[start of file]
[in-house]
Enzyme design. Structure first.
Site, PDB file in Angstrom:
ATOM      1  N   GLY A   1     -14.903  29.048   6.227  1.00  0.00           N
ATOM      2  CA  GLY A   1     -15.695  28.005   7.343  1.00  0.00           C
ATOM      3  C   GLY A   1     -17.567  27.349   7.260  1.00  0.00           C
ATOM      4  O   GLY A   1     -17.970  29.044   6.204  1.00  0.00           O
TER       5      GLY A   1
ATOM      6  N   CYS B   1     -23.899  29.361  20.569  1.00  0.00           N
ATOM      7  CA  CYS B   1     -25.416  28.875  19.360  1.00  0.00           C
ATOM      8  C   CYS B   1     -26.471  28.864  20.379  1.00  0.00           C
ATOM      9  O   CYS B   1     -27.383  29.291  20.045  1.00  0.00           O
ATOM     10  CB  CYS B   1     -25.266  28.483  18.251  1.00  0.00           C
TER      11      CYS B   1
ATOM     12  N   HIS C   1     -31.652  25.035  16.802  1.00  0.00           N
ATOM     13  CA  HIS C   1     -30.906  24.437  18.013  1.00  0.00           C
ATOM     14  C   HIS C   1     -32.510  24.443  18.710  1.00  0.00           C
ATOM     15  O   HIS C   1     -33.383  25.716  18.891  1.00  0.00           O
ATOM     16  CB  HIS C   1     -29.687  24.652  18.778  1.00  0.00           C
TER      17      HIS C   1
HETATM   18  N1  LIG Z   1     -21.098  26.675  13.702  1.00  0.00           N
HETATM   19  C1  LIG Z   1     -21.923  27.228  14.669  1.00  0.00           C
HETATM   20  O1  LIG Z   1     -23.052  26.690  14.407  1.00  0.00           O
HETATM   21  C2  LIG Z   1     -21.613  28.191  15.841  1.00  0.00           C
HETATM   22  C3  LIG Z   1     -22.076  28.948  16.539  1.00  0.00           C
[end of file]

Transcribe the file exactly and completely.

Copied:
[in-house]
Enzyme design. Structure first.
Site, PDB file in Angstrom:
ATOM      1  N   GLY A   1     -14.903  29.048   6.227  1.00  0.00           N
ATOM      2  CA  GLY A   1     -15.695  28.005   7.343  1.00  0.00           C
ATOM      3  C   GLY A   1     -17.567  27.349   7.260  1.00  0.00           C
ATOM      4  O   GLY A   1     -17.970  29.044   6.204  1.00  0.00           O
TER       5      GLY A   1
ATOM      6  N   CYS B   1     -23.899  29.361  20.569  1.00  0.00           N
ATOM      7  CA  CYS B   1     -25.416  28.875  19.360  1.00  0.00           C
ATOM      8  C   CYS B   1     -26.471  28.864  20.379  1.00  0.00           C
ATOM      9  O   CYS B   1     -27.383  29.291  20.045  1.00  0.00           O
ATOM     10  CB  CYS B   1     -25.266  28.483  18.251  1.00  0.00           C
TER      11      CYS B   1
ATOM     12  N   HIS C   1     -31.652  25.035  16.802  1.00  0.00           N
ATOM     13  CA  HIS C   1     -30.906  24.437  18.013  1.00  0.00           C
ATOM     14  C   HIS C   1     -32.510  24.443  18.710  1.00  0.00           C
ATOM     15  O   HIS C   1     -33.383  25.716  18.891  1.00  0.00           O
ATOM     16  CB  HIS C   1     -29.687  24.652  18.778  1.00  0.00           C
TER      17      HIS C   1
HETATM   18  N1  LIG Z   1     -21.098  26.675  13.702  1.00  0.00           N
HETATM   19  C1  LIG Z   1     -21.923  27.228  14.669  1.00  0.00           C
HETATM   20  O1  LIG Z   1     -23.052  26.690  14.407  1.00  0.00           O
HETATM   21  C2  LIG Z   1     -21.613  28.191  15.841  1.00  0.00           C
HETATM   22  C3  LIG Z   1     -22.076  28.948  16.539  1.00  0.00           C